Food Analytical Methods

, Volume 7, Issue 6, pp 1337–1344 | Cite as

Application of Vis/NIR Spectroscopy for Chinese Liquor Discrimination

  • Zhao Li
  • Pei-Pei Wang
  • Chen-Chen Huang
  • Huan Shang
  • Si-Yi Pan
  • Xiu-Juan LiEmail author


As one of the most widely consumed alcoholic beverages, Chinese liquor varies greatly in price, flavor, and quality. This diversity calls for effective and reliable discrimination methods. In an attempt to find the best liquor discrimination method, this study used different methods to analyze and identify 730 Chinese liquor samples including 22 kinds, ten brands, and six flavors. These samples, covering most of the famous liquors in China, were analyzed by visible and near-infrared (Vis/NIR) spectroscopy and modeled by three classification methods including supporting vector machine, soft independent modeling of class analogy, and linear discriminate analysis based on principal component analysis (PCA-LDA). Pretreatments and parameters for each model were optimized, and models discrimination ability was compared. The research finds that PCA-LDA was the best model with an average prediction rate of 98.94 % in the training set and 95.70 % in the test set. The correct rates for brands, flavor styles, ages, and alcohol degrees were all higher than 95 %. It shows that Vis/NIR is a reliable, inexpensive, and effective tool for Chinese liquors discrimination.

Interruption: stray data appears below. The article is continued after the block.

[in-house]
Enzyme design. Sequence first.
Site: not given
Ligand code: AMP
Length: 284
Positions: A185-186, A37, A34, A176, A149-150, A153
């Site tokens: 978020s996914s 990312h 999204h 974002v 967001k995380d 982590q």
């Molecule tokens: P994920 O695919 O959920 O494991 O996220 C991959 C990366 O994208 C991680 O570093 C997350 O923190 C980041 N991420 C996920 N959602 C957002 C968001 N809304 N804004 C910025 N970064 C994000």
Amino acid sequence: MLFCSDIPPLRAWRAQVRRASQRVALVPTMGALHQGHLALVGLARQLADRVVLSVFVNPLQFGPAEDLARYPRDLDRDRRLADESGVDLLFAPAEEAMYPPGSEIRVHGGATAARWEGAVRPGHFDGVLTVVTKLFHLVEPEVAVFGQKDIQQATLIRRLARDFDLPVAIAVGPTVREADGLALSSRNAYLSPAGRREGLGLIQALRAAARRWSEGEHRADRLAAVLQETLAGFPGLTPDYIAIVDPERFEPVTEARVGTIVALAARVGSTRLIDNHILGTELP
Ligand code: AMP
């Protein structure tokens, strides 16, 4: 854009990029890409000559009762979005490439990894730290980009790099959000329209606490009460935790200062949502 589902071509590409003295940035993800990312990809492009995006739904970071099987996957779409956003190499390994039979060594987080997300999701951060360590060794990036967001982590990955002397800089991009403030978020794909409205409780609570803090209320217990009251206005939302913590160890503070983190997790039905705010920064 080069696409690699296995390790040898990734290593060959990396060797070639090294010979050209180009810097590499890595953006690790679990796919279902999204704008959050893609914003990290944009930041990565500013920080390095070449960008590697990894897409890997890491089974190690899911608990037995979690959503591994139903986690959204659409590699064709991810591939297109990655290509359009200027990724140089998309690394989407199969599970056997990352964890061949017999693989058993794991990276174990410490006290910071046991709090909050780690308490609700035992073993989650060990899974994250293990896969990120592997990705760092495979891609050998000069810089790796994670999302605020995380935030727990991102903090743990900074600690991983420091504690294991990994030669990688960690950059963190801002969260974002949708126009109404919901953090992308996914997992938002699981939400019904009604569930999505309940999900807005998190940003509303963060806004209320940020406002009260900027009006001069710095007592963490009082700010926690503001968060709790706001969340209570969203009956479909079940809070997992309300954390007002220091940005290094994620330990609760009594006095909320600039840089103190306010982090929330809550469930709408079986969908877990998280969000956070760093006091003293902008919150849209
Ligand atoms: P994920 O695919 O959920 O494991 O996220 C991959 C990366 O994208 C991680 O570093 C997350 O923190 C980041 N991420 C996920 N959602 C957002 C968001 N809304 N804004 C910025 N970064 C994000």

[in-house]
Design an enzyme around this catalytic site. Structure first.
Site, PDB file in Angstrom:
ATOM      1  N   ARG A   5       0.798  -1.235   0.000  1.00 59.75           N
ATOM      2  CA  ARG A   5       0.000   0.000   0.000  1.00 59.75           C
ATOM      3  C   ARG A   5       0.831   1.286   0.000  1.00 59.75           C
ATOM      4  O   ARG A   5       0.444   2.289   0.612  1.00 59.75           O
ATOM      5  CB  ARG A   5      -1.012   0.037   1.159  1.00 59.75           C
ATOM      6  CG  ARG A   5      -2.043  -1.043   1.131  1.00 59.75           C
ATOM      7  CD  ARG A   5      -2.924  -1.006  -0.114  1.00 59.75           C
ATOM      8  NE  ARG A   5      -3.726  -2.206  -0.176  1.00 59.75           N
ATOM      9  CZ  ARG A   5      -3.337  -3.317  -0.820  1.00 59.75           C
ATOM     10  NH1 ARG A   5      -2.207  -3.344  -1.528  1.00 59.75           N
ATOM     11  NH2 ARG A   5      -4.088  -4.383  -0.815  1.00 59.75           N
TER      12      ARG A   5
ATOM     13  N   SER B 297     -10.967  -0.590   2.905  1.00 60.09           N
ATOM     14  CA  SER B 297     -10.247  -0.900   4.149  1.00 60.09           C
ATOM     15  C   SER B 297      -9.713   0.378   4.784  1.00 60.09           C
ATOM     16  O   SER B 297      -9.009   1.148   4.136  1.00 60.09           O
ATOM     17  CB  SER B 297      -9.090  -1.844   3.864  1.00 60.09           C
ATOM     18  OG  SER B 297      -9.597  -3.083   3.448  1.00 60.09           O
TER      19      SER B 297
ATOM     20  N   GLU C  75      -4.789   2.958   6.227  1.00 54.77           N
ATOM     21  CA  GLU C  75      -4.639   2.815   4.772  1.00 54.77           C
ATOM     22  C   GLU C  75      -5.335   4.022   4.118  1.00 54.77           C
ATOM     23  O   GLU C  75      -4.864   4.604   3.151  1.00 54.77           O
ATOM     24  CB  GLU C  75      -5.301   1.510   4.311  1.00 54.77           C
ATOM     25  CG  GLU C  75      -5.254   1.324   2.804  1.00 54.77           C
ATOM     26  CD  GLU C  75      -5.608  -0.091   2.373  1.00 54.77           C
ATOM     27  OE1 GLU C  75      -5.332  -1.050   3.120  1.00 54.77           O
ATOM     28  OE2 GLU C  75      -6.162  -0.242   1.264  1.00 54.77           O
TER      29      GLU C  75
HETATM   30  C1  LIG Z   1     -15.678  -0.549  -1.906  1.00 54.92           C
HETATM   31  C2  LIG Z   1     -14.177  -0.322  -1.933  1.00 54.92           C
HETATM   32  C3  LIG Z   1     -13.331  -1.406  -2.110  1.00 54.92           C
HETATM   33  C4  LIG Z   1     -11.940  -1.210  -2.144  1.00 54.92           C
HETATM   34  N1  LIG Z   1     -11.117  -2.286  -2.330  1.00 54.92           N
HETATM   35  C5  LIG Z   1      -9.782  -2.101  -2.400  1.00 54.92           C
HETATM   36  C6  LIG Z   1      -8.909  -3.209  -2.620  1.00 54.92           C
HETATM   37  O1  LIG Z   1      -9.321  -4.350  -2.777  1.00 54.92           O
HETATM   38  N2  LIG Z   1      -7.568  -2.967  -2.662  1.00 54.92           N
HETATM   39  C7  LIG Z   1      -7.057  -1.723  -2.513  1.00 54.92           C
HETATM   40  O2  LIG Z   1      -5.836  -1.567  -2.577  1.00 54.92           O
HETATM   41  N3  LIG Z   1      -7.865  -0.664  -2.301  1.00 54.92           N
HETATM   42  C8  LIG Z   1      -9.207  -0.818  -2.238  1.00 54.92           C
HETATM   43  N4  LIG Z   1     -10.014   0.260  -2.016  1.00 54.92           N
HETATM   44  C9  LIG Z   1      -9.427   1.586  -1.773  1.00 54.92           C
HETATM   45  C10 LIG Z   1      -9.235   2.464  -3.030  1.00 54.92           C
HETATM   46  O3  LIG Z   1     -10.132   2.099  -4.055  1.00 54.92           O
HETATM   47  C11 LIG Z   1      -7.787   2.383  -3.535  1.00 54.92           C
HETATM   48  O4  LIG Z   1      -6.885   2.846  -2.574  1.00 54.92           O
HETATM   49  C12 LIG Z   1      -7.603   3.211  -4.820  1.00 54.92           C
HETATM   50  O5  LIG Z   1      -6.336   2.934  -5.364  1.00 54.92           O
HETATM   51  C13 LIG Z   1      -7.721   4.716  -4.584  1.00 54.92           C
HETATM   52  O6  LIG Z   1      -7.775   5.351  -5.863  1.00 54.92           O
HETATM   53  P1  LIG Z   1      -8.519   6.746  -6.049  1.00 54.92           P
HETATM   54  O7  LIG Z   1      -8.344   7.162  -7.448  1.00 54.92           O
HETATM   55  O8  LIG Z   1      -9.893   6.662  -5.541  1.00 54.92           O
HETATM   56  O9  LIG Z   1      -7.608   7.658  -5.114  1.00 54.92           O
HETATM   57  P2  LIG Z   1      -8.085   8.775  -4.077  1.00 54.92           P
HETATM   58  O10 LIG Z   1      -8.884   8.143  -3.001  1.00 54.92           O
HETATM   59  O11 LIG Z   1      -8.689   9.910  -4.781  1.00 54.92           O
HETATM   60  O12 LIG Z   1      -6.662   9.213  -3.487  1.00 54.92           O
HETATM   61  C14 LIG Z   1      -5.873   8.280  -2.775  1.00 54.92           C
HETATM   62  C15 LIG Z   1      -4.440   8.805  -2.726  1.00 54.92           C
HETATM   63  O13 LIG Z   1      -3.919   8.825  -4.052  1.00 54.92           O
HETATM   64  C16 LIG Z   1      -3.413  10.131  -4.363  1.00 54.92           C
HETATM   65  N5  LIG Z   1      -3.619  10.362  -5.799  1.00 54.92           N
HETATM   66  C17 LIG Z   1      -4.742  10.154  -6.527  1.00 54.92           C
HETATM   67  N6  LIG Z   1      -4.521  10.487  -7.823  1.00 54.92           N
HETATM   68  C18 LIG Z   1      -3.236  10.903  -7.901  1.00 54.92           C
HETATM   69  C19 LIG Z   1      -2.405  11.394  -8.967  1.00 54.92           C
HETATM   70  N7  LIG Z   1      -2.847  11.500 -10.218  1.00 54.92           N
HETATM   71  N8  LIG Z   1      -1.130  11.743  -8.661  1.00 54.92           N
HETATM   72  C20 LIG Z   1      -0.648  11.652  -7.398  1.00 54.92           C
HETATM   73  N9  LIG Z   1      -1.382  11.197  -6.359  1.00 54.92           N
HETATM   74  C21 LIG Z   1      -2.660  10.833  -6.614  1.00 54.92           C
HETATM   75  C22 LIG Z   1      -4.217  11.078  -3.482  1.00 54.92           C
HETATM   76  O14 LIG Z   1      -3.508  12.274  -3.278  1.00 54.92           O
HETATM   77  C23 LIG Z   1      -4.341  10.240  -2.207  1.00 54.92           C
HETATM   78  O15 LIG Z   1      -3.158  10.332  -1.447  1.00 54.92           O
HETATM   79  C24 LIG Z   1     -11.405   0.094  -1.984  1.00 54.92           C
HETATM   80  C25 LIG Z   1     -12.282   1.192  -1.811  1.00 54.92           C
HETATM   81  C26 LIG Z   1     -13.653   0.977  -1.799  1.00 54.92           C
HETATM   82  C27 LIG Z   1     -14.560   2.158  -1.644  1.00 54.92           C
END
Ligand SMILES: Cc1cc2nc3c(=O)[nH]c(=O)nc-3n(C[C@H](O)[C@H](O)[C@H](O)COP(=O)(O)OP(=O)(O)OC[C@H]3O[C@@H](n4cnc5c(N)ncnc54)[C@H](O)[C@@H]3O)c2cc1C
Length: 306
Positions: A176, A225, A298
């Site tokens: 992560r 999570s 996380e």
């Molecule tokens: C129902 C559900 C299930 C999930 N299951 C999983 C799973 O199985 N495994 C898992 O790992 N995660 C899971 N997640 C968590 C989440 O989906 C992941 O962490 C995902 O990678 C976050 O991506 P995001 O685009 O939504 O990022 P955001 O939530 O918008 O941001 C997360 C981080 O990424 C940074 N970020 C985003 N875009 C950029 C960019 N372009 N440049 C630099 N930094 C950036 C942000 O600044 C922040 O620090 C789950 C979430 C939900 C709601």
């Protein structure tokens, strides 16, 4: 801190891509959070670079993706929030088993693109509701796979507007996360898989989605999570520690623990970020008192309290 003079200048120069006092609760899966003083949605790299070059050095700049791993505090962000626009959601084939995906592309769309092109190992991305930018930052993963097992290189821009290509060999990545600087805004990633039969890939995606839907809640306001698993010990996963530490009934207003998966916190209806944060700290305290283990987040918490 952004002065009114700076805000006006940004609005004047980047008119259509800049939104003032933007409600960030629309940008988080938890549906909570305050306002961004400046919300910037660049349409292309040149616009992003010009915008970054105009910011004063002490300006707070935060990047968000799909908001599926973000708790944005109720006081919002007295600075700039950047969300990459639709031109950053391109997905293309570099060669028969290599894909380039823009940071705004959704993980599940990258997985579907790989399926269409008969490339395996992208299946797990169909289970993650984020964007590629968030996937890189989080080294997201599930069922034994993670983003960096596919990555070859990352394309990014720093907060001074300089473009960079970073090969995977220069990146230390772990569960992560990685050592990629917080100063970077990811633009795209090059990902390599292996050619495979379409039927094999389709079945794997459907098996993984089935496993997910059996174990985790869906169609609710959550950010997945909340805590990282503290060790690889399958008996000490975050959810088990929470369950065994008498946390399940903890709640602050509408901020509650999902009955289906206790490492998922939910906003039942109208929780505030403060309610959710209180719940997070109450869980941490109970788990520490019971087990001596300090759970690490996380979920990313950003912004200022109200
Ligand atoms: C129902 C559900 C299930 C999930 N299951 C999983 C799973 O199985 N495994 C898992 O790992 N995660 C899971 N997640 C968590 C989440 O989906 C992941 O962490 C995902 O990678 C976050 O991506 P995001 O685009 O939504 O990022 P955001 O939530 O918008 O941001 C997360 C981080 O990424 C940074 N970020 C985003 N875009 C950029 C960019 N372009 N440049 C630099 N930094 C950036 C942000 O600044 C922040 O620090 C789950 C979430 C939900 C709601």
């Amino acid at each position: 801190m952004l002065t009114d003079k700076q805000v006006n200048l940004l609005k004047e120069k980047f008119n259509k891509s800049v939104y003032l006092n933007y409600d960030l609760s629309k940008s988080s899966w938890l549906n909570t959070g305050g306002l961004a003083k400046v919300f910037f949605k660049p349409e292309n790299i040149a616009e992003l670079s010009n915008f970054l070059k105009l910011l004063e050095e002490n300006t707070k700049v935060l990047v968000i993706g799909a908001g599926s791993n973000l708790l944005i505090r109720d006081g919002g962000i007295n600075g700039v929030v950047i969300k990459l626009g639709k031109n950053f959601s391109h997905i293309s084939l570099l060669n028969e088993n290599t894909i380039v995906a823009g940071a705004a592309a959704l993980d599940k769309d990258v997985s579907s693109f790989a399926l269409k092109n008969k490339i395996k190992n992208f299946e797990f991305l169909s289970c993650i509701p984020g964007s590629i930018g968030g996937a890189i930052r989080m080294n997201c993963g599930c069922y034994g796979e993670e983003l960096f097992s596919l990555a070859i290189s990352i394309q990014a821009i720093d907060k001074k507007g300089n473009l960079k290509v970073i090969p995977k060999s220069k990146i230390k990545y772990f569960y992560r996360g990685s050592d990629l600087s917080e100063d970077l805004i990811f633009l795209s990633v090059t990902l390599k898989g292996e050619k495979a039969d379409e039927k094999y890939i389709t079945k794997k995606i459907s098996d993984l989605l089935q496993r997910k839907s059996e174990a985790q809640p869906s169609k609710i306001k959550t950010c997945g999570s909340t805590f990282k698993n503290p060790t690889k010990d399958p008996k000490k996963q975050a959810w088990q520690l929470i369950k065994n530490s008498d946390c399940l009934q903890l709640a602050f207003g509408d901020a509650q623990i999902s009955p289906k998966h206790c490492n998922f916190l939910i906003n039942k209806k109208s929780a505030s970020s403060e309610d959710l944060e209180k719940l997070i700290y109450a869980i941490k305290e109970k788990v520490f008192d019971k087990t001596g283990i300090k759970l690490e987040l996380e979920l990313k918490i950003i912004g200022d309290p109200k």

Vis/NIR spectroscopy Chinese liquor Discrimination Chemometrics Fingerprint 



This work was kindly supported by the Fundamental Research Funds for the Central Universities (Program No. 2011PY010), the Scientific and Technological Project of Wuhan City of China (Program No.2013020501010171), and the National Natural Science Foundation of China (Program No. 30901007).

Compliance with Ethics Requirements

Zhao Li has no conflict of interest. Pei-Pei Wang has no conflict of interest. Chenchen Huang has no conflict of interest. Huan Shang has no conflict of interest. Si-Yi Pan has no conflict of interest. Xiu-Juan Li has no conflict of interest. This article does not contain any studies with human or animal subjects.


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Copyright information

© Springer Science+Business Media New York 2013

Authors and Affiliations

  • Zhao Li
    • 1
    • 2
  • Pei-Pei Wang
    • 1
  • Chen-Chen Huang
    • 1
  • Huan Shang
    • 1
  • Si-Yi Pan
    • 1
  • Xiu-Juan Li
    • 1
    Email author
  1. 1.Key Laboratory of Environment Correlative Dietology (Ministry of Education), College of Food Science and TechnologyHuazhong Agricultural UniversityWuhanChina
  2. 2.Caidian District Quality and Safety Monitoring and Controlling Station for Agricultural ProductsWuhanChina

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